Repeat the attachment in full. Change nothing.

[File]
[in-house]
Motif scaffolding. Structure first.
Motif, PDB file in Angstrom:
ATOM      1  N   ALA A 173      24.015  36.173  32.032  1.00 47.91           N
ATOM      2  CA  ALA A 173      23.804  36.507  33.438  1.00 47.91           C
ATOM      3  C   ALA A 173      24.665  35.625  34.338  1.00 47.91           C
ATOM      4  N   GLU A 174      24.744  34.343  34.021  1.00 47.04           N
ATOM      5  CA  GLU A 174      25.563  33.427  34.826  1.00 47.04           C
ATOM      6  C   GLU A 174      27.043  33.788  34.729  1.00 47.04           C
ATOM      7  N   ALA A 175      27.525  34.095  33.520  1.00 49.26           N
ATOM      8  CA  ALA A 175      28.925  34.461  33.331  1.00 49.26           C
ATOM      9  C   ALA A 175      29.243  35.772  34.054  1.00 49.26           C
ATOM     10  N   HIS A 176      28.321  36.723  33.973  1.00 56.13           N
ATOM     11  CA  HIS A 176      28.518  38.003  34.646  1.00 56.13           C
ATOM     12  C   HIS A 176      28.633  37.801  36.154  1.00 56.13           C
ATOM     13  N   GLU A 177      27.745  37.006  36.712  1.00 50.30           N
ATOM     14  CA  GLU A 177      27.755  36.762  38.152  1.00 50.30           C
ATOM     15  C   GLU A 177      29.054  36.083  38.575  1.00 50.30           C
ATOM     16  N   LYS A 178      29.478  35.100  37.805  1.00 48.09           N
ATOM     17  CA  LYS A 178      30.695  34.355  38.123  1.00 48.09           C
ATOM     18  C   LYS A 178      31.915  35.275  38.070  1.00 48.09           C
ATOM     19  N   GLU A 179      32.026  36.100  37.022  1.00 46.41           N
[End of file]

[in-house]
Motif scaffolding. Structure first.
Motif, PDB file in Angstrom:
ATOM      1  N   ALA A 173      24.015  36.173  32.032  1.00 47.91           N
ATOM      2  CA  ALA A 173      23.804  36.507  33.438  1.00 47.91           C
ATOM      3  C   ALA A 173      24.665  35.625  34.338  1.00 47.91           C
ATOM      4  N   GLU A 174      24.744  34.343  34.021  1.00 47.04           N
ATOM      5  CA  GLU A 174      25.563  33.427  34.826  1.00 47.04           C
ATOM      6  C   GLU A 174      27.043  33.788  34.729  1.00 47.04           C
ATOM      7  N   ALA A 175      27.525  34.095  33.520  1.00 49.26           N
ATOM      8  CA  ALA A 175      28.925  34.461  33.331  1.00 49.26           C
ATOM      9  C   ALA A 175      29.243  35.772  34.054  1.00 49.26           C
ATOM     10  N   HIS A 176      28.321  36.723  33.973  1.00 56.13           N
ATOM     11  CA  HIS A 176      28.518  38.003  34.646  1.00 56.13           C
ATOM     12  C   HIS A 176      28.633  37.801  36.154  1.00 56.13           C
ATOM     13  N   GLU A 177      27.745  37.006  36.712  1.00 50.30           N
ATOM     14  CA  GLU A 177      27.755  36.762  38.152  1.00 50.30           C
ATOM     15  C   GLU A 177      29.054  36.083  38.575  1.00 50.30           C
ATOM     16  N   LYS A 178      29.478  35.100  37.805  1.00 48.09           N
ATOM     17  CA  LYS A 178      30.695  34.355  38.123  1.00 48.09           C
ATOM     18  C   LYS A 178      31.915  35.275  38.070  1.00 48.09           C
ATOM     19  N   GLU A 179      32.026  36.100  37.022  1.00 46.41           N